You know, I leave that up to, you know, the city council that there’s going to be a huge vote next year for the area of Lahaina of who they vote for in order to shift the decision making process over to people who are actually from the island. And you know, I hope I hope they come up with an effort that makes sense for everyone.

So what do you want to be remembered for? What do you want your legacy to be?

Um, I don’t really want to legacy I just wanted to, for myself be part of the solution? I don’t. I don’t have any personal career goals from this. I just want a sustainable future. And to be honest, like, I know that you said I was living my dream by doing this work, and I definitely feel like it’s fulfilling. But my dream is to not have to fight tooth and nail for for a future. My dream is to have a bookshop, where I can read and maybe there’s a like restaurant on the second level, and I can relax and have a family and work.

But but I’m doing this, I’m doing this, and I’ve been doing this since I was a teenager. And I don’t think I have I should have to do that. And I’ve met people a lot younger than me fighting this fight that I definitely think don’t don’t have to be doing this. But they feel like they have to. So yeah, my my goal is to live a normal life. And I hope that someday we fight hard enough for that’s possible.

Well, absolutely. And obviously, we all have played a part in it to a certain extent, or our ancestors played a part in setting up this this situation, probably more unconsciously than consciously but I guess that’s part of the problem is that it’s it is unconscious. Tell us a little bit about your heroes? Who are your heroes in the in the environmental movement, or just in general, who would be up on your Mount Rushmore of Elise’s heroes?

Yeah, I, when I was younger, like I said, I really didn’t think that I had a voice and that people who looked like me, it was even possible to be in politics. And so I feel like I’ve got to say, Alexandria, Ocasio Cortez. So when I was a teenager, I saw knocked down the house, I saw her passion for a green New Deal. And I realized, Oh, my God, like, she’s a young Latina that is fighting for climate justice. I guess I can do this, too. She’s brave enough. It’s time for me to be brave enough. And I really, I really don’t think I would be here without someone like her. And I appreciate her efforts and inspiring young people like me. And then I also am just really inspired by Latin American politics.

I see Lula’s efforts when he was president before but also now for for ending deforestation in the Amazon. And just collectively, I think that, you know, I’m inspired by my Ecuadorian family, and just the the perspective of a lot of people from Latin America to be very involved in the political world, because they see how tied it is to their everyday life. And I try to have that mindset with me, even though the United States is very individualized. And not a lot of people vote and aren’t as engaged in their local state federal politics. And yeah, I, I have my grandfather was really, very politically involved when he was in college. And when I was in Ecuador, just a month ago, he was telling me a whole bunch of stories of how he organized when he was in college, and I’m inspired by that, too.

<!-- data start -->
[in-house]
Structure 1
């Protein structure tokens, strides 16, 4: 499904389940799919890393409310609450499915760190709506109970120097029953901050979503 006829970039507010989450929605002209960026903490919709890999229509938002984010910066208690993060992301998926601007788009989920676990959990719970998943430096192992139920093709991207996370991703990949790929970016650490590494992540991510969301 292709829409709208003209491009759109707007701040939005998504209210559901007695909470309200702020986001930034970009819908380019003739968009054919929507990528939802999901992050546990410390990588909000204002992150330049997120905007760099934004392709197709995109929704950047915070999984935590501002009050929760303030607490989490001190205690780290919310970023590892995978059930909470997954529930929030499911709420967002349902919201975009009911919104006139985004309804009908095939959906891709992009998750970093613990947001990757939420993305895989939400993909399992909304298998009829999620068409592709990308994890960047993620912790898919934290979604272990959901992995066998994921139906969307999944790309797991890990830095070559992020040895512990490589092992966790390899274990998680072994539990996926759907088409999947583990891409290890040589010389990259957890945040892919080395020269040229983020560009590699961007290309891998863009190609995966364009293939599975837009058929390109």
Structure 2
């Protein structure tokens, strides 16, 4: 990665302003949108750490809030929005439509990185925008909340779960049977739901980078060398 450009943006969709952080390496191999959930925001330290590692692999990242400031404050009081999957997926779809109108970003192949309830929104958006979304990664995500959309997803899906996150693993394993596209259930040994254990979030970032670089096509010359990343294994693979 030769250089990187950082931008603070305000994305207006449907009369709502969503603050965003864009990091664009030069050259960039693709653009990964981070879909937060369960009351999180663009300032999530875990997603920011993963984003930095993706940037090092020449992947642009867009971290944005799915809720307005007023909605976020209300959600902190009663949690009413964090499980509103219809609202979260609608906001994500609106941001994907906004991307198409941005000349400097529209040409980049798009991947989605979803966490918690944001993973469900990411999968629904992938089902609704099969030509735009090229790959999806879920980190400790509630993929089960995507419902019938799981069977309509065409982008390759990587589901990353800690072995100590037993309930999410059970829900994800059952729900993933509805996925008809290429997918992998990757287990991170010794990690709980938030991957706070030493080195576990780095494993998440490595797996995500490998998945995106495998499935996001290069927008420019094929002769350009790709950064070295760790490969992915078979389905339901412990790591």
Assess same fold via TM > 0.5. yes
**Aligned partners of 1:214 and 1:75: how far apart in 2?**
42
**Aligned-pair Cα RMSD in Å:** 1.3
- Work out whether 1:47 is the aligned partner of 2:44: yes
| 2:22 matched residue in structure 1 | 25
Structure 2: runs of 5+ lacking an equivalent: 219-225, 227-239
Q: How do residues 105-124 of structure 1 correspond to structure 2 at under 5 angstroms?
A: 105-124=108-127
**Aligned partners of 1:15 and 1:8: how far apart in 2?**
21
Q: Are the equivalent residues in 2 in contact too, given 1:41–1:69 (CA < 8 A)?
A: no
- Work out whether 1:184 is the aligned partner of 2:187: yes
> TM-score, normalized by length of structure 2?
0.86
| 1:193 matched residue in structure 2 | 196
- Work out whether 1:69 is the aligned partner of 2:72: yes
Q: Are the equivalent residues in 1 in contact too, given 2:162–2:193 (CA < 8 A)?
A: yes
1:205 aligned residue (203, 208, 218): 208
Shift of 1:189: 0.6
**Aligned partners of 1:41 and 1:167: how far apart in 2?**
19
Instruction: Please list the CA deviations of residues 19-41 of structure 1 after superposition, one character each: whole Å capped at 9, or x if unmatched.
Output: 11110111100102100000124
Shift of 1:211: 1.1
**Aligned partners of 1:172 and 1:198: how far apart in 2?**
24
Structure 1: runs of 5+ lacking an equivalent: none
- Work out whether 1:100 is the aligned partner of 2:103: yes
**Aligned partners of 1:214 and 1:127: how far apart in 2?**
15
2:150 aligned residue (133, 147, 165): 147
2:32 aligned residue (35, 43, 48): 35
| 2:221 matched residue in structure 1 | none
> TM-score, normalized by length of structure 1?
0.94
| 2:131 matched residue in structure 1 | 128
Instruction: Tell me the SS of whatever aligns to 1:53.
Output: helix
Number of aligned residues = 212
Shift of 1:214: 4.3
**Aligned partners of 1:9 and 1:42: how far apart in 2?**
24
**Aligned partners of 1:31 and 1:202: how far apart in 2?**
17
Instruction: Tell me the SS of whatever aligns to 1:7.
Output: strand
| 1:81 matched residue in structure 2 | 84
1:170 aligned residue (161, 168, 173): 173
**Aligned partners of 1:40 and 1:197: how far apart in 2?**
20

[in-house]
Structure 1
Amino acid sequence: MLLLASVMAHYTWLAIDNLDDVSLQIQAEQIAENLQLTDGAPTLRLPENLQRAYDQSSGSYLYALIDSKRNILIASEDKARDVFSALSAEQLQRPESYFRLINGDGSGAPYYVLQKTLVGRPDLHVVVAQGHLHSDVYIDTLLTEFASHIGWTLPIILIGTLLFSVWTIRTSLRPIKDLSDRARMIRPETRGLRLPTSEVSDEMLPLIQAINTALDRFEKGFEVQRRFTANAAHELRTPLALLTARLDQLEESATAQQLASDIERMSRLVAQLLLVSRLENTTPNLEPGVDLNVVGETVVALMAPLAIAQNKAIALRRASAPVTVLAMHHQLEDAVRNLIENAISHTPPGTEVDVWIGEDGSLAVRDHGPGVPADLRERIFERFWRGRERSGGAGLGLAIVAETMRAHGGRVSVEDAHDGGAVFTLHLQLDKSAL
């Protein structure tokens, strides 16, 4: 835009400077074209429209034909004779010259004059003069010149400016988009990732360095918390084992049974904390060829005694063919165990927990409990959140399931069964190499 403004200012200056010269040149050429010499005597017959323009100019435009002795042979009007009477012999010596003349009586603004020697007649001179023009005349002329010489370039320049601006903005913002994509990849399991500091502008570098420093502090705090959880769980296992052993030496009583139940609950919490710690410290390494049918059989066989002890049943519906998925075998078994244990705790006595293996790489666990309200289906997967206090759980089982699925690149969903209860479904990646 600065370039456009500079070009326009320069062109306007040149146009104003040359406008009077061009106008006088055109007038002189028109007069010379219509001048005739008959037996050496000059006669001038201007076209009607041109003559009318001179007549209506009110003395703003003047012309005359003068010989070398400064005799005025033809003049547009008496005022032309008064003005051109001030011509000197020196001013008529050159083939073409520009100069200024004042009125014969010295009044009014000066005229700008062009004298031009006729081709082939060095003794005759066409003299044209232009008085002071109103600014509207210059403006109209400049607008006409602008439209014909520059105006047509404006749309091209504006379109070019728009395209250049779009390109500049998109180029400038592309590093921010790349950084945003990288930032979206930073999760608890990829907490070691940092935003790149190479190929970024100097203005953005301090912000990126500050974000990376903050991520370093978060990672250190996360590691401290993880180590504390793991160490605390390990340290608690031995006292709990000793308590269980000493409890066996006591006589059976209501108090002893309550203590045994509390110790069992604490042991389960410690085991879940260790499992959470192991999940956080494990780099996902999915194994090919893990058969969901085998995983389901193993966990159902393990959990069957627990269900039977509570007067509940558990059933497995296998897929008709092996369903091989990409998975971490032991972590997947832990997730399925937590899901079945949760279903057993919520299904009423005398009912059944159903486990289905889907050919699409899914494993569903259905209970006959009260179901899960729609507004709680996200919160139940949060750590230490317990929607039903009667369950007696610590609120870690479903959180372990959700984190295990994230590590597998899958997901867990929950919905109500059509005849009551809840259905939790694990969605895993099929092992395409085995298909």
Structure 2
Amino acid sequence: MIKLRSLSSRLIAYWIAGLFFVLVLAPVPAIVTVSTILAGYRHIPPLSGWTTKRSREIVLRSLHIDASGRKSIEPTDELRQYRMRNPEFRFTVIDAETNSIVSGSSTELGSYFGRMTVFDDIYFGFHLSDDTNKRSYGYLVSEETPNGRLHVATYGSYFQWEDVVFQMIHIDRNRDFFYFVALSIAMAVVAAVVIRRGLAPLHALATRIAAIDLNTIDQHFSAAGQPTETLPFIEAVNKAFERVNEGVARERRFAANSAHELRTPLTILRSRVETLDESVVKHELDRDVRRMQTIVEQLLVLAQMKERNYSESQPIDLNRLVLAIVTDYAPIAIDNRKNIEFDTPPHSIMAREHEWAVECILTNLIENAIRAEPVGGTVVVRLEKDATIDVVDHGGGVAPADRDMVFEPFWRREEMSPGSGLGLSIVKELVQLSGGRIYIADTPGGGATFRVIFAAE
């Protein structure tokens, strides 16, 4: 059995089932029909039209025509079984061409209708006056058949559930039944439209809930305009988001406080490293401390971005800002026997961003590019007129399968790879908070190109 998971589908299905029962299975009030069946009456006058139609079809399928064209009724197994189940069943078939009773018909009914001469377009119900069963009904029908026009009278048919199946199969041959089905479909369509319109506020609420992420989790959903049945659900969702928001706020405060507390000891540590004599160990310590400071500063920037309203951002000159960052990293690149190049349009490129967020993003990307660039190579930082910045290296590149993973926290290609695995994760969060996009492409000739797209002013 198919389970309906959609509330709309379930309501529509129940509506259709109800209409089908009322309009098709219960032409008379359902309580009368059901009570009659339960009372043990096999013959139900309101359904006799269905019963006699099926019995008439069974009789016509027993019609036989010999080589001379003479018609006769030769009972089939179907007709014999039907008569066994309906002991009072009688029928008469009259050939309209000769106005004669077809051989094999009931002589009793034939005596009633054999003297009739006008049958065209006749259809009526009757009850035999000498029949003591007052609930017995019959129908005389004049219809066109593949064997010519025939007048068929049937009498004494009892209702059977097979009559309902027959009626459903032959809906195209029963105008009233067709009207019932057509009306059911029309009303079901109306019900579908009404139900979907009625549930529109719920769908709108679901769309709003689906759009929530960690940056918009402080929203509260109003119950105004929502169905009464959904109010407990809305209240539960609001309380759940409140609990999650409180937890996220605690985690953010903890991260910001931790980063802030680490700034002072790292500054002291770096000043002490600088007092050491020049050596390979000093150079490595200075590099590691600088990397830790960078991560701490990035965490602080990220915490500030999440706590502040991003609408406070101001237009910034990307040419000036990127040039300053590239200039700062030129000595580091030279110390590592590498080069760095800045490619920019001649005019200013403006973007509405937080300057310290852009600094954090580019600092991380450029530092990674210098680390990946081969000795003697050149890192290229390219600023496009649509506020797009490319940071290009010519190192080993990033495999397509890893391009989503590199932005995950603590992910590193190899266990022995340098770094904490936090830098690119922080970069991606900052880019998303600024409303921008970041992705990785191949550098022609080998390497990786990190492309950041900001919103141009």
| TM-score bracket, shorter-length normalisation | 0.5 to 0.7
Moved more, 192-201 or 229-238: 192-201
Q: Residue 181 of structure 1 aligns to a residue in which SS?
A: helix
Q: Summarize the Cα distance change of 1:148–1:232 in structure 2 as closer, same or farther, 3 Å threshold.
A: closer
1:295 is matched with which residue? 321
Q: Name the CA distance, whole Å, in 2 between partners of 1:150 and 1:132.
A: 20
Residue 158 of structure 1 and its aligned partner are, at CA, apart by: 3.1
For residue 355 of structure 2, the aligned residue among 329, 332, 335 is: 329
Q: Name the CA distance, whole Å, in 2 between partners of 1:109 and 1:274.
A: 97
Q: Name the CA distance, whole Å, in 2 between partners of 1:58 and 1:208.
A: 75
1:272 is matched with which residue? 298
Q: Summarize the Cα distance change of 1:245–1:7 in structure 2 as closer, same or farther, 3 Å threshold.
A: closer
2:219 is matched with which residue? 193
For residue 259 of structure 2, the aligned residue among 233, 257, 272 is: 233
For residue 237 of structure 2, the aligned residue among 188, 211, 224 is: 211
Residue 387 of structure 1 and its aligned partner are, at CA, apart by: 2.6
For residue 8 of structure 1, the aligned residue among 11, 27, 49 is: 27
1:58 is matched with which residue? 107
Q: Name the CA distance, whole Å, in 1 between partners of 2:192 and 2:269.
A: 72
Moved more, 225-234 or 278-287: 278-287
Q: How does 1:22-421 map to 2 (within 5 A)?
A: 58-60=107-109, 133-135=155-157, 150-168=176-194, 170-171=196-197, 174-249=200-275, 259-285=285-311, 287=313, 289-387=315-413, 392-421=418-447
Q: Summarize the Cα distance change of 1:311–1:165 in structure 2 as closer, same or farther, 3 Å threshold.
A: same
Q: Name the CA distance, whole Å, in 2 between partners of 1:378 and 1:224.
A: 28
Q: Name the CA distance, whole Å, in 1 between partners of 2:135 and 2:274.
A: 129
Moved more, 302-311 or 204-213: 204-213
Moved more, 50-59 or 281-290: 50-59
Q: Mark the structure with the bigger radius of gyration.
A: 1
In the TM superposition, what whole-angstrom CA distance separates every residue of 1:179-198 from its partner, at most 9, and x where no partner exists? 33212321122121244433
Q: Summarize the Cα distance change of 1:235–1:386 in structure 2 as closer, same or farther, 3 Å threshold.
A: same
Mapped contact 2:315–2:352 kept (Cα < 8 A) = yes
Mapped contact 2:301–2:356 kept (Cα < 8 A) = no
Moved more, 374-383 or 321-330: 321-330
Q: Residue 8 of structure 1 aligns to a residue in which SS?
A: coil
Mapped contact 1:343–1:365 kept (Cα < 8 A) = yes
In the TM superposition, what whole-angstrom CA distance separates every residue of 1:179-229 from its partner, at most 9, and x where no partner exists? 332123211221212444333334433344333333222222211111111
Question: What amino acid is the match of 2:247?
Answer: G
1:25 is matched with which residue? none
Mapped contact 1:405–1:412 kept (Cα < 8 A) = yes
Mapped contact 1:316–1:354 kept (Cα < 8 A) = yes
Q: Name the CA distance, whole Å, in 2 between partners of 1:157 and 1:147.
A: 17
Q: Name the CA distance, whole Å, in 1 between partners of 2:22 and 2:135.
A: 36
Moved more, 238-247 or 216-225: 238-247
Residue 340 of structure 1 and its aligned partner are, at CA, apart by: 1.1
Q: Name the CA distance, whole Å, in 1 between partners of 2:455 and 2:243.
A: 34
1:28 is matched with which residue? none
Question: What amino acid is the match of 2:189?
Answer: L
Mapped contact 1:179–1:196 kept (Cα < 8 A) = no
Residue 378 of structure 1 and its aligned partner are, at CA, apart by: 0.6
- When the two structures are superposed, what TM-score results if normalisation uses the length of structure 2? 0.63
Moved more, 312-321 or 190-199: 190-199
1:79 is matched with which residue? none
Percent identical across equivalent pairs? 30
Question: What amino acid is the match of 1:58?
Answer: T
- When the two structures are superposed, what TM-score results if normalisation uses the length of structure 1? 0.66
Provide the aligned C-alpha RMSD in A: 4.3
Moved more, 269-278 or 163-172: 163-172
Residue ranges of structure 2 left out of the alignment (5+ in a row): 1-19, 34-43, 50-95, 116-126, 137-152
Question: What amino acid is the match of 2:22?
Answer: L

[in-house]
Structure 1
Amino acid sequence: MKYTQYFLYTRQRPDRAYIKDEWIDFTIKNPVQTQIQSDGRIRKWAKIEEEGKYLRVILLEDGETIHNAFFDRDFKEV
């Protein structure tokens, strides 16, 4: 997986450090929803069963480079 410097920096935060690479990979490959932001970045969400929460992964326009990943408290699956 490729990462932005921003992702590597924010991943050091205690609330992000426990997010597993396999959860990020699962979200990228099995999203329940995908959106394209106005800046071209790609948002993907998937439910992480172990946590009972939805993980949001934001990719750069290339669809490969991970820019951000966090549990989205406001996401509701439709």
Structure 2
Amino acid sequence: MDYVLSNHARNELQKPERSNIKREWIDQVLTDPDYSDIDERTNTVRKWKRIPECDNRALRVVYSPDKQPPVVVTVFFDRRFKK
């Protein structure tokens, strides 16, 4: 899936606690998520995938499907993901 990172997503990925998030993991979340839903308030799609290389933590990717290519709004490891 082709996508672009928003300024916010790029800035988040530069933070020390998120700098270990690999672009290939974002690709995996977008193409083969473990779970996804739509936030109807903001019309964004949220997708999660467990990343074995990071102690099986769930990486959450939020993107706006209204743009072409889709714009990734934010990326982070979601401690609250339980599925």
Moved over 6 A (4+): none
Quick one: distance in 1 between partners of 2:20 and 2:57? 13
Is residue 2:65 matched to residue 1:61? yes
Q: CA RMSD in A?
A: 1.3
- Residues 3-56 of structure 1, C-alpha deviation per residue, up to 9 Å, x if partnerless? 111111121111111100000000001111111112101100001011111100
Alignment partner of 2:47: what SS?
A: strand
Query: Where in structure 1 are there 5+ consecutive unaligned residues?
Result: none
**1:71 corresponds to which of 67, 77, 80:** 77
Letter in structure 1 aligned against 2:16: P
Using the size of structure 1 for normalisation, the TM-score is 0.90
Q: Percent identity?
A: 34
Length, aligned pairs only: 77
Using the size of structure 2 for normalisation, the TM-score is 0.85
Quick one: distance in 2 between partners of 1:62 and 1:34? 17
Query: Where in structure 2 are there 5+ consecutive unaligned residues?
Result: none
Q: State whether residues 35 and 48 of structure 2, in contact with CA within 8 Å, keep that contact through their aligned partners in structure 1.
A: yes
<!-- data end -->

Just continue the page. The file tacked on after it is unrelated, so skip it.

So that’s three, you’ve got one more.

Let’s see, I think I gotta give it to the old white man, Bernie Sanders. I know, he doesn’t. He doesn’t exactly represent me in terms of identity politics, but he, he inspired a generation to to get up and not just fight for what we can get by with but fight for what we deserve. And that is not common in American politics, either. And I I wouldn’t have to give huge kudos to him.

Well, it’s it’s, you know, it’s always enlightening to me to hear people’s heroes because everybody chooses different people, and different people have a different impact. And so I appreciate you sharing that with us. Because it’s, it’s a great thing to hear about, because inspiration is such a big part of political change. So I think inspiration is what’s required to move people. And obviously, you’ve inspired a lot of people, to young people to get active. What what do you think it’s going to take to get more young people inspired? And, and maybe people who are not so young to get off? You know, get off their seats and get into action?

That’s the burning question. I really hope and I’ve tried to emphasize since that viral video that you can’t borrow hope. And, you know, hope can be a renewable resource that you pull from to drive you to continue to act, but you can’t get that through somebody else. You have to get that through your own activism through your own involvement in your community. You know, it’s about it’s about young people and all generations, feeling how the climate crisis has impacted them in their home.